A new study has found a link between the number of push-ups a person is able to do and the risk of cardiovascular disease. The findings show that middle-aged men who are able to complete 10 push-ups could reduce their risk of heart attack and stroke by as much as 97 percent.
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Accurate and objective CRF assessments that are based on exercise tolerance are often expensive and require professional facilities and specialist staff to carry out.
The new study led by Harvard University researchers suggests that a simple, free test based on push-up capacity could be a useful way to assess CRF.
The study, which is the first of its kind, was carried out under the hypothesis that “higher fitness levels would be associated with lower rates of incident CVD.”
The researchers used data from fitness tests from over 1,000 firemen in the US state of Indiana. Over a period of ten years, medical records were observed to measure the amount of cardiovascular disease diagnoses.
Each participant undertook baseline and periodic physical exams that included push-up capacity and maximal or submaximal exercise tolerance tests between the years 2000 and 2007, with surveillance lasting until 2010.
With an average age of 39.6 (the actual ages ranging from 21 to 66), the cohort also had an average body-mass index (BMI) of 28.7. Despite being occupationally active, the cohort’s BMI score of 28.7 put them in the overweight range.
Out of 1,104 men, 37 experienced health problems related to CVD, including heart failure, sudden cardiac death, or receiving coronary artery disease diagnoses. The study claims “significant negative associations were found between increasing push-up capacity and CVD events.”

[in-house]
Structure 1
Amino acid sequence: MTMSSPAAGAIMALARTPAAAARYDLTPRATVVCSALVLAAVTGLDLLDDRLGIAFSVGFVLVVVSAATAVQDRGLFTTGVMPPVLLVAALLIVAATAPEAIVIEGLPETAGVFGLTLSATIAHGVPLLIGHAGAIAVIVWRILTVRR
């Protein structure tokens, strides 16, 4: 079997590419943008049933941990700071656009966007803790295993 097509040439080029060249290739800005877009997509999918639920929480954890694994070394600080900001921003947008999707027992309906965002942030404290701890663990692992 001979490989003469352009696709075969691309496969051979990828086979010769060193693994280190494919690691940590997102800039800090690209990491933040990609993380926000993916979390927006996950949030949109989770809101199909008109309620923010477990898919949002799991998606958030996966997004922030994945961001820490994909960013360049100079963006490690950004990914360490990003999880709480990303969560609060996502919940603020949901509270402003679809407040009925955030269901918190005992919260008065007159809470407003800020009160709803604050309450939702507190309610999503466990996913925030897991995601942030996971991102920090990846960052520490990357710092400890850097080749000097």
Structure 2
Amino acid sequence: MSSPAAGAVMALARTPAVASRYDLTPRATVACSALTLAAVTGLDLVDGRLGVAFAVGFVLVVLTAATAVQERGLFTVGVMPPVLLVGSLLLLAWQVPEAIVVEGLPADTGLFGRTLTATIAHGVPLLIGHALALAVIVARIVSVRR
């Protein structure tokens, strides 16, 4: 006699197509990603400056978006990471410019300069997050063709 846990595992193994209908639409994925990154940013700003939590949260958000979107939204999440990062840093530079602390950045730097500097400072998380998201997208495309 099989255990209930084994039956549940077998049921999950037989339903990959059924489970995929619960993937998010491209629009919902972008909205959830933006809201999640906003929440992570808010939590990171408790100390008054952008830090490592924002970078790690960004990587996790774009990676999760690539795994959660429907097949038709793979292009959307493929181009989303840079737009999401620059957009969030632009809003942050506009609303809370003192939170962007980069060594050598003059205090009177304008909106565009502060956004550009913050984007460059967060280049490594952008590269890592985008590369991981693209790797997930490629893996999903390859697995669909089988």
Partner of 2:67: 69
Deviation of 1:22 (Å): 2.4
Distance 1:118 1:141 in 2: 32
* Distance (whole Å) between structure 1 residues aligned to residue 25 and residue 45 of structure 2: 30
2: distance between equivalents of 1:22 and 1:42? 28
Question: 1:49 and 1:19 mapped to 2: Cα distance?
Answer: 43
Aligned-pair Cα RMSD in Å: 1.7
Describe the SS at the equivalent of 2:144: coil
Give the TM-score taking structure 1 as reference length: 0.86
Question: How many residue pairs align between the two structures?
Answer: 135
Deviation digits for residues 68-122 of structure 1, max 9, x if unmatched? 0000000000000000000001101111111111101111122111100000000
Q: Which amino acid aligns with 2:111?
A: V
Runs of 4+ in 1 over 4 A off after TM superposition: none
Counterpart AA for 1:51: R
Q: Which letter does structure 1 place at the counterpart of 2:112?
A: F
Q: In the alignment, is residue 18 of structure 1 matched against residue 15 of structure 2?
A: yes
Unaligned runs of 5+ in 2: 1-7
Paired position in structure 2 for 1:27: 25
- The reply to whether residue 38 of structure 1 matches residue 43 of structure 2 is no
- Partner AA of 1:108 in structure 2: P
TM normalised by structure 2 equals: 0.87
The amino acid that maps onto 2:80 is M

Professor Jeremy Pearson stated “this study shows that fitter firefighters have less chance of suffering a heart attack or stroke in the next decade.”
Whilst the results may not be revolutionary, the study highlights that ‘push-up tests’ could be a simple, universal, cost-effective way of predicting CVD, potentially with more accuracy than a treadmill based test.
Senior author of the study and a specialist in cardiovascular disease Stefanos Kales said that “push-up capacity is positively correlated with aerobic capacity and physical fitness,” and that “these types of objective functional markers are generally good predictors of mortality”.
It is important to note that this study dealt with only one group of people, and the study’s results may not be reflected in different groups of people. Other cohorts, such as women or people who are less active, would need to be tested to definitively prove this test’s findings.